Here, at Buzzfeed.
I have written this new piece for Slate. It begins:
On the surface, Supreme Court justices seem to have it pretty easy: They decide only around 70 cases per year with a written opinion, meaning each of the nine justices on average gets assigned to write fewer than nine majority opinions per year. They do not sit for regular argument in July, August, or September; and some justices use part of those summer months to moonlight as guest law professors in exotic locations.
But every so often court watchers are reminded that these justices are working very hard behind the scenes by reading briefs, exchanging memos, and debating outcomes. Case in point: The justices issued an order and a dissent in a Texas voting rights case at 5 a.m. Saturday morning. Supreme Court reporters stood by all night for the ruling. The holdup apparently was Justice Ruth Bader Ginsburg’s six-page dissent, joined by Justices Elena Kagan and Sonia Sotomayor.
The Supreme Court allowed Texas to use its voter ID law in the upcoming election, even though a federal court decided a few weeks ago that Texas’ law violated both the Constitution and the Voting Rights Act, and that Texas engaged in intentional racial discrimination in voting. The trial court had barred Texas from using its law this election, but the United States Court of Appeals for the 5th Circuit reversed that decision last week, and the law’s challengers went to the Supreme Court, where, as expected, the court sided with Texas.
The Supreme Court’s order was consistent with some of its other recent orders indicating that lower courts should not change the rules of running an election shortly before voting begins. I have dubbed this rule the “Purcell Principle,” for a2006 Supreme Court case so concluding.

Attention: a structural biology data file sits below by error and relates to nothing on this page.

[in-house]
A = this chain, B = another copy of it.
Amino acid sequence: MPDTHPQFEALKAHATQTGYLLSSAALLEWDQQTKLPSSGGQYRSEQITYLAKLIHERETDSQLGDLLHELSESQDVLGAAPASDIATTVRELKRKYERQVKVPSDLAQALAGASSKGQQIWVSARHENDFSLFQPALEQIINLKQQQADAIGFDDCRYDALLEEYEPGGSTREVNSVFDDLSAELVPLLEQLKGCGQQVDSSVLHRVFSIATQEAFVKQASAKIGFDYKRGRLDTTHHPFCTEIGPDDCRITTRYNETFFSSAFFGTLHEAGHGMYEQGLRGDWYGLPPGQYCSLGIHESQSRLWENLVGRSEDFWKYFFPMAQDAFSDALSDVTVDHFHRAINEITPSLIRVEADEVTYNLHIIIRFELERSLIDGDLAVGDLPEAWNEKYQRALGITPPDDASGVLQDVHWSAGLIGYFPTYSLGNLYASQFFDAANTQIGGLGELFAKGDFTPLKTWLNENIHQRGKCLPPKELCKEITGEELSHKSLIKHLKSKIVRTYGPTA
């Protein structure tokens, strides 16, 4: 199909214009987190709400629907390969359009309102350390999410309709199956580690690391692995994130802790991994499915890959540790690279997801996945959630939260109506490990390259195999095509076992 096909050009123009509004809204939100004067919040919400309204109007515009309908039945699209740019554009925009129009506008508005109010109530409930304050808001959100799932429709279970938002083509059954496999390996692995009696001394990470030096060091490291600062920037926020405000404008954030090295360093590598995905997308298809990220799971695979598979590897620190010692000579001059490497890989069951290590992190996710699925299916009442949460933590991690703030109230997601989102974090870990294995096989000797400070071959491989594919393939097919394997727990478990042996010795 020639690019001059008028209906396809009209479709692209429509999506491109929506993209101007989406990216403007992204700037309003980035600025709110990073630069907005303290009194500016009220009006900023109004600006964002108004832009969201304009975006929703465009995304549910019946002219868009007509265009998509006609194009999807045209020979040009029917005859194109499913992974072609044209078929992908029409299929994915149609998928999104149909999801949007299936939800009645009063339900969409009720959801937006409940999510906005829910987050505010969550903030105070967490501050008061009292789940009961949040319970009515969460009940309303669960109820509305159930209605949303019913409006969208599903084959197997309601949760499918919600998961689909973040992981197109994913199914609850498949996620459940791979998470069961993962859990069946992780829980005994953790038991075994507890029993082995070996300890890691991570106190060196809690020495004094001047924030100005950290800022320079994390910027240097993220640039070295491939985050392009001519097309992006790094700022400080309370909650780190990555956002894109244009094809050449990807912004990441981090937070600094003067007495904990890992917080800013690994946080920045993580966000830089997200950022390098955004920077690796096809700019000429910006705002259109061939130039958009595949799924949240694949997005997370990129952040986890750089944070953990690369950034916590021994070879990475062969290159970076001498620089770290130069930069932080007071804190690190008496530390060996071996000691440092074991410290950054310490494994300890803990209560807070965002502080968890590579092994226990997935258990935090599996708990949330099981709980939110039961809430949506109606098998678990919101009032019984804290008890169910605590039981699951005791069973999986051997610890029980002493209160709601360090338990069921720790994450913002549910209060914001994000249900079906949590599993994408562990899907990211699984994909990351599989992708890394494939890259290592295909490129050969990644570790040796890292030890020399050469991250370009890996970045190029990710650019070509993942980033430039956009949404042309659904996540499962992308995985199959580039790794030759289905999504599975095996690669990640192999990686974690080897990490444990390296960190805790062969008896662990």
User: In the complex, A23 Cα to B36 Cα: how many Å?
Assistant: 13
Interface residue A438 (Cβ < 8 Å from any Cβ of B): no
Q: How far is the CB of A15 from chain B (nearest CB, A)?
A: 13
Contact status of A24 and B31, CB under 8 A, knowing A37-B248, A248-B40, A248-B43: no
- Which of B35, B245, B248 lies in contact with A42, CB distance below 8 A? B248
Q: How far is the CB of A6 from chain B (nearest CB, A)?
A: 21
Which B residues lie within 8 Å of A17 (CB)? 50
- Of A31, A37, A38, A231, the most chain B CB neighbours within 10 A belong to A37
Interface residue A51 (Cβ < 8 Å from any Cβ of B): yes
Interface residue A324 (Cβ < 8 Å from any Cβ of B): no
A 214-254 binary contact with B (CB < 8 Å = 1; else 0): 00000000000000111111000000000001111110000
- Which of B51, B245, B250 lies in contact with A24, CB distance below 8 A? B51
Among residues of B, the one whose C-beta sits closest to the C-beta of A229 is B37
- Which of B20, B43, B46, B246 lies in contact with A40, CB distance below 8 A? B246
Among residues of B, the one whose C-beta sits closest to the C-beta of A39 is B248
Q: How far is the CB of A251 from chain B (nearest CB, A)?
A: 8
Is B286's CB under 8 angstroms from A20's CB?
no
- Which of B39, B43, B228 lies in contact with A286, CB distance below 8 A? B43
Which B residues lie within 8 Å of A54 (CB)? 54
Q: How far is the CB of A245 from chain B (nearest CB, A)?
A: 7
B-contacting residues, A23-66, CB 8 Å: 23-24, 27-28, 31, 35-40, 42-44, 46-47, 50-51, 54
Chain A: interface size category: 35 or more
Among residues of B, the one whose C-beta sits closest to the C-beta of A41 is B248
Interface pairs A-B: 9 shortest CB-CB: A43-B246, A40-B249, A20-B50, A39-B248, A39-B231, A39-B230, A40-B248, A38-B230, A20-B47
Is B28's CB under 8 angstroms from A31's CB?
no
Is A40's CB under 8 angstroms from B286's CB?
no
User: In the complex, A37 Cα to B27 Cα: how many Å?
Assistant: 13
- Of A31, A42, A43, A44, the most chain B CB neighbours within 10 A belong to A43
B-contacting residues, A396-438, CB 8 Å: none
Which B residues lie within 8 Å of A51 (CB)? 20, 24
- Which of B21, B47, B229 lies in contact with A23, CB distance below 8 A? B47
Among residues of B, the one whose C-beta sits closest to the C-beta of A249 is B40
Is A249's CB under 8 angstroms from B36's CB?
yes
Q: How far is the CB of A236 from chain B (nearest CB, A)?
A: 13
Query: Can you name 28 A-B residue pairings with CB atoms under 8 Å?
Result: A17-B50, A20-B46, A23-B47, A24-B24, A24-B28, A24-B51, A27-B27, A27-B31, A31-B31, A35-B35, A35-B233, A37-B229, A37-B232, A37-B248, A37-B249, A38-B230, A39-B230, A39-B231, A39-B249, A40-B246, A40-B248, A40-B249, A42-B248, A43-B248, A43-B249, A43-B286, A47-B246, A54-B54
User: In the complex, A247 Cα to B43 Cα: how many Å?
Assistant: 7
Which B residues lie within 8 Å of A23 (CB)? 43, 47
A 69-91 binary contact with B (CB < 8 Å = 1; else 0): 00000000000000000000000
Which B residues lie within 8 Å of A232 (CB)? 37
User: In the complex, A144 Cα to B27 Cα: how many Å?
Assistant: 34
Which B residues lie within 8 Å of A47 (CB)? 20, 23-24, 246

The court had to decide the emergency request very quickly—early voting begins in Texas on Monday morning—but Justice Ginsburg did not need to write her extensive dissent. The week before, when Justices Samuel Alito, Antonin Scalia, and Clarence Thomas dissented from a Supreme Court order putting Wisconsin’s voter ID law on hold, their entire dissent was only a few sentences. It was a dissent which disturbingly treated the right to vote as less important than deference to the Court of Appeals judgment, kind of an Anti-Purcell Principle.
Sometimes justices disagree with emergency court orders such as these and do not even bother to write a formal dissent. And recently, as Slate’s Dahlia Lithwick has noted, the majority has not been explaining its various orders in cases from voting rights, to abortion, to same sex marriage, at all.
So why did Justice Ginsburg keep the court and court-watchers up all night for a relatively lengthy dissent from an order issued with no majority opinion? There is no way to know from the outside, but my guess is that she wanted to make an important statement about how the Supreme Court should handle these voting cases going forward and to publicly flag where she believes the court is going wrong. Like a rare oral dissent from the bench after a written opinion, this middle-of-the-night dissent calls attention to what Justice Ginsburg likely sees as a grave injustice.
Justice Breyer did not join in Justice Ginsburg’s fiery 6-page dissent in the Texas voter id case the Supreme Court just decided. The majority let Texas’s law go into effect, despite a final judgment from a federal district court finding Texas engaged in intentional racial discrimination in voting, and violated both the Equal Protection Clause and the Voting Rights Act.